We have reviewed a variety of Oscar Schmidt guitars which play beautifully and their comfort series bass ukulele is no exception. Their recent branch out into bass-ukulele territory in our opinion is a great move, it has an upright bass tone which has a deceptive presence.
It too features a mahogany top, back, and sides and delivers great resonating sound. It features a top-notch pre-amp which harbors a handy tuner and volume controls.
The comfort series as the name suggests is designed with comfortable playing in mind, they come with a rosewood comfort rest on the lower bout, which helps to take away some of the tension on your forearm and a partial cutaway to make accessing the highest of the 16 frets less awkward.
It has a rosewood fingerboard with dotted inlays and comes adorned with a set of Aquila nylon bass-uke strings.
Back to Kala for a look at a more affordable U-bass model. It doesn't offer the premium tuning hardware as the first and the electrics aren't quite as sophisticated but it is a fantastic model within a more graspable price bracket.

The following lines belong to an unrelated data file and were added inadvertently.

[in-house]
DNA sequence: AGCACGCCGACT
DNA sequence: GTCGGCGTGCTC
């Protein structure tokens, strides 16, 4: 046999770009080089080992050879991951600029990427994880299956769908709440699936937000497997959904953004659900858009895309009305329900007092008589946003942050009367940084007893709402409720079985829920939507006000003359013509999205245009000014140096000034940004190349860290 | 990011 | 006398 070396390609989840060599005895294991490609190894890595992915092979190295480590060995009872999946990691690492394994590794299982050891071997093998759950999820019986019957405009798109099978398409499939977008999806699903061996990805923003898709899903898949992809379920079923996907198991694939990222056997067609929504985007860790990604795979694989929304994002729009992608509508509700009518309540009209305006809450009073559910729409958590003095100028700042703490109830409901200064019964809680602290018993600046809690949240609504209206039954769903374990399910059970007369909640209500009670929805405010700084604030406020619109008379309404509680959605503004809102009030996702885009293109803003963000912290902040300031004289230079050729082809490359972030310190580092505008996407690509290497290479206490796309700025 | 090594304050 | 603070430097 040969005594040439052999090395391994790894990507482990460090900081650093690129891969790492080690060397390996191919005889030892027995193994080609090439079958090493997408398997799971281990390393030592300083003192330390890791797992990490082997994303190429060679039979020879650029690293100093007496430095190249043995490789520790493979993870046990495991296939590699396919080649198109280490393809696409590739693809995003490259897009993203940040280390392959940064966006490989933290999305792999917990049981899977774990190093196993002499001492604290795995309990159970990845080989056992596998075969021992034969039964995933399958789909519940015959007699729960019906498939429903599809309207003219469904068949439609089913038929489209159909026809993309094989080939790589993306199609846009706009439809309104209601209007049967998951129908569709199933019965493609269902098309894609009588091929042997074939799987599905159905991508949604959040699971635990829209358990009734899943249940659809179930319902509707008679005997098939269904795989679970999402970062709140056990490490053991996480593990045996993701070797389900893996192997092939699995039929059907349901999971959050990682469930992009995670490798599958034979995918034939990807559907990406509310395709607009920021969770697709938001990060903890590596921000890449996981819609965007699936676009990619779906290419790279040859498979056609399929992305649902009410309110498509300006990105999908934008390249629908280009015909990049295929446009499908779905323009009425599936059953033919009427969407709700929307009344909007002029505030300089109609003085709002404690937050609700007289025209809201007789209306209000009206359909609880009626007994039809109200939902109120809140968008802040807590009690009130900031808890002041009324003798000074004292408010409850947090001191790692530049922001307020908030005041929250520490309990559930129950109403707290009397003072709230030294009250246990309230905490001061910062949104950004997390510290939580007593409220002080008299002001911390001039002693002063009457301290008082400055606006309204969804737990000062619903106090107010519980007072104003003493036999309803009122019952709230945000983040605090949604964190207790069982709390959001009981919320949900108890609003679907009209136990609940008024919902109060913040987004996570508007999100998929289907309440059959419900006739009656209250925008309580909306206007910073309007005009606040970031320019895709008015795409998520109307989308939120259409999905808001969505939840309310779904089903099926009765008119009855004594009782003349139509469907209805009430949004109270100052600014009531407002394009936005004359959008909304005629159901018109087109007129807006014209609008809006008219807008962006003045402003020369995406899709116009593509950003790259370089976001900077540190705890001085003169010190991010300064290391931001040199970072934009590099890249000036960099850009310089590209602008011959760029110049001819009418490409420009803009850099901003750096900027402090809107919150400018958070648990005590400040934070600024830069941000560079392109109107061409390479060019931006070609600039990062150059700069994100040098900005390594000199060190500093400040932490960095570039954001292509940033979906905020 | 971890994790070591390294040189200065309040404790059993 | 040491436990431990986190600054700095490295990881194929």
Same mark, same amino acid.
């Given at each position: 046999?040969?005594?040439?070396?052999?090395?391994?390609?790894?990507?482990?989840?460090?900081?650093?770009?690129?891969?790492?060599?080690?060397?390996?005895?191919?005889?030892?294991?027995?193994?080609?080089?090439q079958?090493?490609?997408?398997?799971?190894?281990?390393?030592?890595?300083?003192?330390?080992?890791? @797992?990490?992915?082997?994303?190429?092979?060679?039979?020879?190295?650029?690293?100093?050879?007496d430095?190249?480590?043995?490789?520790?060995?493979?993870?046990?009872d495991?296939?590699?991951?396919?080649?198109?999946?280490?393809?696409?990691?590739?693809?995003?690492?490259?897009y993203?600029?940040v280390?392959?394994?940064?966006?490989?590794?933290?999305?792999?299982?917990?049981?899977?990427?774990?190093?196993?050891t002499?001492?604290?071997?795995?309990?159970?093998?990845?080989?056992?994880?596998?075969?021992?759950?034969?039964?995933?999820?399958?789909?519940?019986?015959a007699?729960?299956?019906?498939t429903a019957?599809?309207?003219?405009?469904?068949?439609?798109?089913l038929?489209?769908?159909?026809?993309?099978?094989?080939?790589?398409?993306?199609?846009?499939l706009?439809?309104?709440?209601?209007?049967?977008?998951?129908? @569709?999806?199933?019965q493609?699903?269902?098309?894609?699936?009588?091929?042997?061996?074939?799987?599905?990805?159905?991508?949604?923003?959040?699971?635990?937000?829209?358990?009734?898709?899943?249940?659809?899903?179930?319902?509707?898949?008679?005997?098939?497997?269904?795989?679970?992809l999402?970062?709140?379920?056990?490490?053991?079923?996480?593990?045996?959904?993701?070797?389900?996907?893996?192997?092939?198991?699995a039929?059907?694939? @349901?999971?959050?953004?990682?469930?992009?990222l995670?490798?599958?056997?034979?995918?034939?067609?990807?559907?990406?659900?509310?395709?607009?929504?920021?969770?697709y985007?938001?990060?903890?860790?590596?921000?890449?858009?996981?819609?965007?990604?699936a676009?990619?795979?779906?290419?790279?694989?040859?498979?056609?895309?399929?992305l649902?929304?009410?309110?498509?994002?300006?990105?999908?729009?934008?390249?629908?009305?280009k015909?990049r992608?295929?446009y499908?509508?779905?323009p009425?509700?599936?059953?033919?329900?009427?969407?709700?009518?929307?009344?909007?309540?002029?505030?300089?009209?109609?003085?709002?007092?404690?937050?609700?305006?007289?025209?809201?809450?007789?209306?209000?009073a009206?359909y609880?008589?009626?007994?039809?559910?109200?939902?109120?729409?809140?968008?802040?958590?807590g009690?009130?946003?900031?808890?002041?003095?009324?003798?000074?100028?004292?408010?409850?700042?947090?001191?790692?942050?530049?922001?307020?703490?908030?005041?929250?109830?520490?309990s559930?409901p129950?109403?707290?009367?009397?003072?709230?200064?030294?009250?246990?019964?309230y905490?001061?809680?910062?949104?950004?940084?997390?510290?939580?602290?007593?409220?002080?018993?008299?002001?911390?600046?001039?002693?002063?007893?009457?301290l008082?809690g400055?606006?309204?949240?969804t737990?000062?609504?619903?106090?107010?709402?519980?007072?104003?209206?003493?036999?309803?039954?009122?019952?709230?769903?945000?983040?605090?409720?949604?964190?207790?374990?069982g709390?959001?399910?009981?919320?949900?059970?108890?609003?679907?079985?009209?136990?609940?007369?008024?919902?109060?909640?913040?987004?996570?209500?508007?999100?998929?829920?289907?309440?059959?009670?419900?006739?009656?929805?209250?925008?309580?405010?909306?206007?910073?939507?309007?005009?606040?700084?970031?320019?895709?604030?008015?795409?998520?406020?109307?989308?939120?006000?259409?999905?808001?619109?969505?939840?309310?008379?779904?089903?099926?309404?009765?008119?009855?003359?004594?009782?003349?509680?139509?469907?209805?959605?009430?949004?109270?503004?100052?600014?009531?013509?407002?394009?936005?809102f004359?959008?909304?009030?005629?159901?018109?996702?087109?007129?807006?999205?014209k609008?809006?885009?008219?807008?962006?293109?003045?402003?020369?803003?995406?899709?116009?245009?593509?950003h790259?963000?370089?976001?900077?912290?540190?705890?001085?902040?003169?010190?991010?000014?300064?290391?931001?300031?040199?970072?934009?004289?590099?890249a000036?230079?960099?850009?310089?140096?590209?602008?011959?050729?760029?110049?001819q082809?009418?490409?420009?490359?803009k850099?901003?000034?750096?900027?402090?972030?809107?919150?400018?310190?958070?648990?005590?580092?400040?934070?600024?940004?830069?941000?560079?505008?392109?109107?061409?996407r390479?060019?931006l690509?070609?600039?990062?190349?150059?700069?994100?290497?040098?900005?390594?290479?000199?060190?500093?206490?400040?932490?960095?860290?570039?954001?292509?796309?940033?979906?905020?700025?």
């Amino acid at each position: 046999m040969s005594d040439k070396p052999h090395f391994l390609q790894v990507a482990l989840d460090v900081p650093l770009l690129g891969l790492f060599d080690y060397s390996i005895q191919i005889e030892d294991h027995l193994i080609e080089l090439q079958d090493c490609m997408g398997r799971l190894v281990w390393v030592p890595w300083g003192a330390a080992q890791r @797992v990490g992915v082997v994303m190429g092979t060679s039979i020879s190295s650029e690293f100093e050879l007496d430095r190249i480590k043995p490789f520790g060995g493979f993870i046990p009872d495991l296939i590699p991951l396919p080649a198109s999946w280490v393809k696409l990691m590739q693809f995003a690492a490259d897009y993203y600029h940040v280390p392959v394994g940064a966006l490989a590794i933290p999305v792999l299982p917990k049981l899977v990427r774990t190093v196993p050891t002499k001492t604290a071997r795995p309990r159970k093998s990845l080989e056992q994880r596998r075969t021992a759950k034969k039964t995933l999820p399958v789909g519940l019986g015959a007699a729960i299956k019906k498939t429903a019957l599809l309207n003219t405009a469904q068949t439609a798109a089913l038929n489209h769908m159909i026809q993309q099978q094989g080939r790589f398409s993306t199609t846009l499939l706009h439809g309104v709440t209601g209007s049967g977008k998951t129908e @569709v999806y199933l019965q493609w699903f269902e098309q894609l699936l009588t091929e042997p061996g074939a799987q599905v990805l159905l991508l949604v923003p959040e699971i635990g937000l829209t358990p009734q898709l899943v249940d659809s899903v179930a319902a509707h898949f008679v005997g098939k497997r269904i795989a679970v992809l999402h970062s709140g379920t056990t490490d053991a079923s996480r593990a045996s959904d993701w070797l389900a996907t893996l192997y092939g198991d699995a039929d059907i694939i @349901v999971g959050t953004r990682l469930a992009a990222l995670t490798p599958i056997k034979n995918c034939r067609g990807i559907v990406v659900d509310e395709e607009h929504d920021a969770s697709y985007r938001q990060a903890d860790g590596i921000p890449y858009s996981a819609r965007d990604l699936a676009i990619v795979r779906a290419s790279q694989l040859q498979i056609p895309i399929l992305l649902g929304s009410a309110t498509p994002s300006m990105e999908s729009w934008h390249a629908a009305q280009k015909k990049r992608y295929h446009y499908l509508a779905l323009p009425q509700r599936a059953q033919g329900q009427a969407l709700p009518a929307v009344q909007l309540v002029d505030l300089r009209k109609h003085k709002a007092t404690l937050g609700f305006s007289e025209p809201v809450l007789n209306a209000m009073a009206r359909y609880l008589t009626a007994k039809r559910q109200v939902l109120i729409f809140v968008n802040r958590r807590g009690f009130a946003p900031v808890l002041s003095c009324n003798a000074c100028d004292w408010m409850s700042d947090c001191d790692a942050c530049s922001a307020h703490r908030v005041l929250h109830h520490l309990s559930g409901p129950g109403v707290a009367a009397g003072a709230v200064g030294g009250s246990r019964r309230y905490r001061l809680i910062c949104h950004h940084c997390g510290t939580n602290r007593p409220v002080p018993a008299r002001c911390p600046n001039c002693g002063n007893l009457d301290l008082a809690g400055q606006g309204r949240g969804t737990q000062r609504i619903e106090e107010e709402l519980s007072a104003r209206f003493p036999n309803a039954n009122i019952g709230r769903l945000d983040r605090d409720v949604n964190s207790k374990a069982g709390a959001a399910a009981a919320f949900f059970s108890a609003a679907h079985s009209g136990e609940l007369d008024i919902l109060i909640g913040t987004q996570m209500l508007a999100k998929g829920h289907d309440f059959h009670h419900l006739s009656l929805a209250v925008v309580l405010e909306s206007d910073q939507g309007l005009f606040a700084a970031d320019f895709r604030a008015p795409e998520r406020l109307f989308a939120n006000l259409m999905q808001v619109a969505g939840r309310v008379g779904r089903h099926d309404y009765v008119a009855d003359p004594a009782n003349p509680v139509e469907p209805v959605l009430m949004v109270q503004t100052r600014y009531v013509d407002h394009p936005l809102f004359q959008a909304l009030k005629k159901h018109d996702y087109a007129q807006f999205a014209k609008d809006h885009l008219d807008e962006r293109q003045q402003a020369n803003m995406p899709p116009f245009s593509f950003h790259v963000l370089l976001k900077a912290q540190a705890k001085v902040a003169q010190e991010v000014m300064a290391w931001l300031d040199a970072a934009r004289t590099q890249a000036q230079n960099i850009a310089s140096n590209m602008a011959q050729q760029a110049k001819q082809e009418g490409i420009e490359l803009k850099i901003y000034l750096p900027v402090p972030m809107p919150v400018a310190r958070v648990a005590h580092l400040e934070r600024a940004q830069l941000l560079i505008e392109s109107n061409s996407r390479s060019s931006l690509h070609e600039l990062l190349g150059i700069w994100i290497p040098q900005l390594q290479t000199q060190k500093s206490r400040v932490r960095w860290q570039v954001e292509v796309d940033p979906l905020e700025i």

It has a familiar dreadnought-shaped body which gives optimal acoustic projection bouncing and funneling sound to the sound-hole. It is bestowed with the same all mahogany construction as its flagship kin and features the same smooth walnut fingerboard this time with marked frets and dotted inlays to guide your playing. It has the same scale neck length and number of frets.
It is equipped with a UK-500B Piezo pickup for the great response, which allows for active equalization. It also bears a built-in tuner to keep intonation in tow with its custom black die cast tuning hardware and comes with a complimentary padded gig-bag.
Another Hadean contrabass-ukulele model worth a look at is this Cut-away design acoustic-electric model. It has the same price as the first model reviewed and indeed shares many of the same features but it's body style is preferable to many as it allows for better access to the higher notes on your fingerboard. Having easier accessibility gives players a better range to play with and ultimately allows for more dynamic bass runs and riffs in the long-run.
It is constructed with high-quality walnut and features a built-in adjustable truss-rod and a neck integrated tuner. The pre-amp offers volume control as well as 3-band EQ adjustment.
It like many of those we have ogled at sports a set of high-density Aquila Nylgut strings with optimal gauged stability and accurate fret intonation.